Caste Politics In India
Caste in Indian society refers to a social group where membership is largely decided by birth. Members of such local group avoid entering into marital relationships with outsiders. Originally, these groups were associated with specific professions. The mutual relationship of one caste with the other is established on the principle of lineage and the resultant purity of blood, making the relationship between one and another caste distant.
Though caste has always been a part of Hindu society in India, it did not become institutionalized into government organizations until the arrival of British colonizers. The removal of the boundaries between "civil society" and "political society" meant that caste now played a huge role in the political arena and also influenced other government-run institutions such as police and the judicial system. Though caste seemed to dictate one's access to such institutions, the location of that caste also played a pivotal role. If a lower caste were concentrated enough in one area, it could then translate that pocket of concentration of its caste members into political power and then challenge the locally dominant upper caste. Gender also plays a significant role in the power dynamic of caste in politics. Women's representation within the political system seems to also be tied to their caste. Lower, more conservative castes have less female participation in politics than upper, more socially liberal, castes. This has caused a disproportionately large number of upper-caste women to occupy political office when compared to their lower caste counterparts. The hierarchy of caste and its role in politics and access to power and resources has created a society of patron-client relationships along caste lines. This staunchly clientelistic structure was most prevalent during the Congress-dominating period. This eventually led to the practice of vote banking, where voters back only candidates that are in their cast, or officials from which they expect to receive some kind of benefits.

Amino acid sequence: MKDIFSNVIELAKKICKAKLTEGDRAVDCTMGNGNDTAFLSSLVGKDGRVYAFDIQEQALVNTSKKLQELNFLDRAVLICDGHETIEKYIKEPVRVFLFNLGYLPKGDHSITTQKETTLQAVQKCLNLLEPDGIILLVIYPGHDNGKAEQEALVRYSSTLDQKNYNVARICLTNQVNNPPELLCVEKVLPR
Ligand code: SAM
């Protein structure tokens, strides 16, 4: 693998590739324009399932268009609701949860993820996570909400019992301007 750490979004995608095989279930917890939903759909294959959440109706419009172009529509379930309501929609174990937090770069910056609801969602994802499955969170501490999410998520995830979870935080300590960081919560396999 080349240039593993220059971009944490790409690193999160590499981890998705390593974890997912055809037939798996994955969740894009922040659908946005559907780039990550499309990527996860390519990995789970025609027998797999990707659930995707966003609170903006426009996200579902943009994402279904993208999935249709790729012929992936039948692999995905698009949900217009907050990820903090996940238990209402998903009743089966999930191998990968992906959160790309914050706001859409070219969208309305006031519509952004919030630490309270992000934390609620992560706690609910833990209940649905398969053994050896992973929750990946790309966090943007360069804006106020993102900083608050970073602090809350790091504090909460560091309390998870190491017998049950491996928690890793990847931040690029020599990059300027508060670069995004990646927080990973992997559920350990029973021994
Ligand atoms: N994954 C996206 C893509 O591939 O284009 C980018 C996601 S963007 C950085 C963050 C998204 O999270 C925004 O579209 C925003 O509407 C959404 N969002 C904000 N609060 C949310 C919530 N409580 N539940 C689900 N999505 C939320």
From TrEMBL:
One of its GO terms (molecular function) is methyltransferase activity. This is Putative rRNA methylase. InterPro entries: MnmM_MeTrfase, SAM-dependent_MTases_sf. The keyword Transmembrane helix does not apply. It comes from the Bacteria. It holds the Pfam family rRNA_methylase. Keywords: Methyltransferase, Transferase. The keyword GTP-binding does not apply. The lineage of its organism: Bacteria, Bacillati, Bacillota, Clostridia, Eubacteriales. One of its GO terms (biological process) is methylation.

Historically it has been very hard to change the structure of caste politics. More recently however, there has been a flux in caste politics, mainly caused by economic liberalization in India. This upsurge in lower-caste empowerment was accompanied in some regions by a spike in the level of corruption. This was partly due to lower caste perceiving development programs and rule of law as tools used by the upper caste to subjugate lower castes. More contemporary India, however, has seen the influence of caste start to decline. This is partly due to the spread of education to all castes which has had a democratizing effect on the political system. However, this "equalizing" of the playing field has not been without controversy. The Mandal Commission and its quotas system has been a particularly sensitive issue.
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